Building blocks
Let's go through the steps from the example BPMN process diagram and see what are the corresponding FlowX.AI steps.
Make sure you have a clear understanding of BPMN concepts before going further.

FlowX.AI process building blocks

While designing the FlowX.AI components, we've tried to keep them as close to their BPMN counterparts as possible.
At the core of the platform are the process definitions. These are the blueprint of the business process, made up of nodes which are linked by sequences.


The platforms supports a few types of nodes, each needing a different configuration in order to fulfill their purpose in the business flow.

Node values

Nodes can have certain values attached to them, these can be used to define some extra details. For example, the name of the topic that a message receive task is waiting on. They can be saved in the DB as key / value pairs.


The activity that a node has to handle is defined using an action. These can have various types, they can be used to specify the communication details for plugins or integrations, can be used to include business rules in a process and also to send various data to be displayed in the front-end applications.
The FlowX.AI platform handles the following types of actions:
  • Business Rule
  • Kafka Send Action
  • WebSocket Send action
  • Validate Field
  • Upload File
  • Start Subprocess
  • Append Params to Parent Process

Action rules

Business rules can be attached to a node by using actions with action rules on them. These can be specified using DMN rules, MVEL expressions or scripts written in Javascript, Kotlin or Groovy.
Each button on the user interface corresponds to a manual user action.
Actions can be:
  • Manual or automatic.
  • They can be set as optional or mandatory. If not all mandatory actions are performed on the process node, the flow will not advance.
  • Actions can also be marked as one-time or repeatable.
Some actions can be set to run immediately after another action is performed. In order to achieve this, we need to set the parentName field on the action to be used as a callback. The callback actions can be performed when a certain message is received by the Engine. In order for this to happen the callbacksForAction header needs to be set on the message. Callback actions can also be configured to run imediatelly after the parent action is run, by setting the autoRunChildren flag to true for the parent action.

Action params

Action params are used to set extra values for actions. The are stored as key / value pairs. For example we can set a topic to use for sending outgoing messages or the message format to be sent to the front-end.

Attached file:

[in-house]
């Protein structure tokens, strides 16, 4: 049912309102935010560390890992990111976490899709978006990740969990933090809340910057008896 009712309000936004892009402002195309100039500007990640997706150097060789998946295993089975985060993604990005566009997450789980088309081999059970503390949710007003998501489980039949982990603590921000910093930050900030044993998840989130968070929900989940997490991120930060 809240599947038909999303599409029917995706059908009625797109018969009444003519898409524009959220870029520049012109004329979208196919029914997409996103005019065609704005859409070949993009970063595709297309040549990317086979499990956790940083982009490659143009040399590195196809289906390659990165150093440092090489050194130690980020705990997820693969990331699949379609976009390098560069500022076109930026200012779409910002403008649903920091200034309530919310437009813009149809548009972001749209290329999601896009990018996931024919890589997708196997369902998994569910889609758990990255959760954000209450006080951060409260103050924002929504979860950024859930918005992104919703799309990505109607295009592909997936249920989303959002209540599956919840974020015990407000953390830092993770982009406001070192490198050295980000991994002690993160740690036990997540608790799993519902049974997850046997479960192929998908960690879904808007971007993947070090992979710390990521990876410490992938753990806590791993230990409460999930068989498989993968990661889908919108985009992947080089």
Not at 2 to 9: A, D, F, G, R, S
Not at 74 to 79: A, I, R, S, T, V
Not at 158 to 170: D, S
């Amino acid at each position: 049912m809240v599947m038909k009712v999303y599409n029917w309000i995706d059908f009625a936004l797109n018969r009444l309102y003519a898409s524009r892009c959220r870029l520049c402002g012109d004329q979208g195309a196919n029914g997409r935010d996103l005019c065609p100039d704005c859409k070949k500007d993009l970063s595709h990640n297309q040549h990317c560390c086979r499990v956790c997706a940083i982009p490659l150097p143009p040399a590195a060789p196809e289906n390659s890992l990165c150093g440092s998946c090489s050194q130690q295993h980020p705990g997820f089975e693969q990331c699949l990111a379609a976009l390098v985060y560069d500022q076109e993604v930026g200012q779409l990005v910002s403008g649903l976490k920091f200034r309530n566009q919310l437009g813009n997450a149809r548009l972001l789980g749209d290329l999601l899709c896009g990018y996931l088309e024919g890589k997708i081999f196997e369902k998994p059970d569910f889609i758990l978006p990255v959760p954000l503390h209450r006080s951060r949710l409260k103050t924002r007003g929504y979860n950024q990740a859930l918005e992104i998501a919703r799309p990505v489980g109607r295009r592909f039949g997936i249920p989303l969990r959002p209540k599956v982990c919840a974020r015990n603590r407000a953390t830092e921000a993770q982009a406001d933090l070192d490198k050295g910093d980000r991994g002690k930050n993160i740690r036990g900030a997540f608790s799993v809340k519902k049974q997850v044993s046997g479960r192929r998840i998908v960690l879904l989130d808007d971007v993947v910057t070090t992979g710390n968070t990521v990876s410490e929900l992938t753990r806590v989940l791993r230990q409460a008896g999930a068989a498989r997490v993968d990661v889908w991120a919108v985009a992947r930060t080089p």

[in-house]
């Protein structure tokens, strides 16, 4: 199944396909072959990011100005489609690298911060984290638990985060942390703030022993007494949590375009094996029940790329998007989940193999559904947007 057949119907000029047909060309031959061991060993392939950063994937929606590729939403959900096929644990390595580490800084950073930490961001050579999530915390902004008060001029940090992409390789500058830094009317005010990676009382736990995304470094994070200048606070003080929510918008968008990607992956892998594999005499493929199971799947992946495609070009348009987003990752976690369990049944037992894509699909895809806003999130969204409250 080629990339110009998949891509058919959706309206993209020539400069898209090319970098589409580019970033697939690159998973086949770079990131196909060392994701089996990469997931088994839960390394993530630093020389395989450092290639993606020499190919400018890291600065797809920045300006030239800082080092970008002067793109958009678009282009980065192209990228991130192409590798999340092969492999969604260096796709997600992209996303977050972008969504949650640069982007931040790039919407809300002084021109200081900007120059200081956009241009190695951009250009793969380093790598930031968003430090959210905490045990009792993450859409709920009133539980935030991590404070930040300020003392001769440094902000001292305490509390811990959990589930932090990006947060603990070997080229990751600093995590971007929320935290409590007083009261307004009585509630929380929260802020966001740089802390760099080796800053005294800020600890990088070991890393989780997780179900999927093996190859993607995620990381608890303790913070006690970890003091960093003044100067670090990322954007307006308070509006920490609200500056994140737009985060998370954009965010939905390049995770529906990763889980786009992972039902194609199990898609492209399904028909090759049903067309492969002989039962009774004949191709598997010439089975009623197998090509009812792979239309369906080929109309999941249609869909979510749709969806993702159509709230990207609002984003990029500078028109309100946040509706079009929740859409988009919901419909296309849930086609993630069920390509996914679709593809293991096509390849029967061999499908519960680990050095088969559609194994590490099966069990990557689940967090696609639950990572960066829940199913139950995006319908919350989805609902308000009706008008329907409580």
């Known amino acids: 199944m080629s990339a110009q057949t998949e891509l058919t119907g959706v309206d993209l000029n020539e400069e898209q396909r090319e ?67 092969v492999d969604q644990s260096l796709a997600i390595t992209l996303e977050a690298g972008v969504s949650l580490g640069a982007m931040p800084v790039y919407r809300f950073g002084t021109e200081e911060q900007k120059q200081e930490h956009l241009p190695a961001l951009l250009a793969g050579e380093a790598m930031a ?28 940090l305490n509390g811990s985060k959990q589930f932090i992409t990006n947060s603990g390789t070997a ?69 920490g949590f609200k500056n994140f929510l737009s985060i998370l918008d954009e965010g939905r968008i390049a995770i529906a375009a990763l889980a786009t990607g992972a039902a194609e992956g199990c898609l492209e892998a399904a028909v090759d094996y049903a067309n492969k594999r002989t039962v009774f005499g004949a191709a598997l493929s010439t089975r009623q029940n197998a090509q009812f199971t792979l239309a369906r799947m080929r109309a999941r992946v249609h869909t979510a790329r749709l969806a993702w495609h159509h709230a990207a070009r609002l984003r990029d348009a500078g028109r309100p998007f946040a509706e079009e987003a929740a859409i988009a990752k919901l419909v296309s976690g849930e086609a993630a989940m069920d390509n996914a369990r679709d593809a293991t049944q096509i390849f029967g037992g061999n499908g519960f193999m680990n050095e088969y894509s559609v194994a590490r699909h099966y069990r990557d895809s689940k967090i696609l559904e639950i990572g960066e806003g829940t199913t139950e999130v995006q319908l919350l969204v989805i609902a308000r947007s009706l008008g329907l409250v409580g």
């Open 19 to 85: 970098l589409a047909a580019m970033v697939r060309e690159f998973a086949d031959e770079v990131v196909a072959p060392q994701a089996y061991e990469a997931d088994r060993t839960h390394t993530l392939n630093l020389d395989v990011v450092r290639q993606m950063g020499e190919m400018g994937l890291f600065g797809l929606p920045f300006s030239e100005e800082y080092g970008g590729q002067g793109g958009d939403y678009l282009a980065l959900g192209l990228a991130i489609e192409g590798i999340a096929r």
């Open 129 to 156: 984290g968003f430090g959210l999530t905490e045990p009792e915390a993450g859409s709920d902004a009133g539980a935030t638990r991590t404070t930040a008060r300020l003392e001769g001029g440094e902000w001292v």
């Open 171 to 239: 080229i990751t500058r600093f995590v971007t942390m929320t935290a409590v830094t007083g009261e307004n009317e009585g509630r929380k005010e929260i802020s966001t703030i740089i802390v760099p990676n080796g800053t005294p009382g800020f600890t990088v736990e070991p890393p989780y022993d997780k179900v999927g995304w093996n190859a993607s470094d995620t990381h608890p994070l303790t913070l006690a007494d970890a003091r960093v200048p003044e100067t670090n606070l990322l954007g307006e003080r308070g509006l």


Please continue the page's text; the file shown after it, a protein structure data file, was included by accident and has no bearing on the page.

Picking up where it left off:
The decision that needs to be defined on an exclusive gateway is defined using a node rule. Similar to action rules, these can be set using DMN or MVEL.

Template configs

The FlowX Designer lets you create dynamic layouts associated with a USER_TASK node via the node's template configs tab.
These are created in a tree like structure always starting with a root component like a STEPPER, STEP, FORM_GROUP or CUSTOM.
The platform offers a series of ready to use ui components which can be used to create rich web interfaces. These include common form elements like input, select, checkbox, radio or toggle, as well as other ui elements like image, text, anchor links, etc. Each of these component's properties can be configured further using the details tab available when clicking on a specific component. Design flexibility is possible by adding styles or css classes to each of the pre-defined components.
For use cases where completely custom components are necessary the platform supports this by exposing the CUSTOM template config type. These can be developed in isolation and referenced by the component's class name when adding a custom component.


A subprocess can be started by a process in order to perform a specific set of actions. It will communicate with the front-end apps using the same connection details as its parent process. Also, a specific action can be used in order to save data from the child process directly to the parent process.
Last modified 2mo ago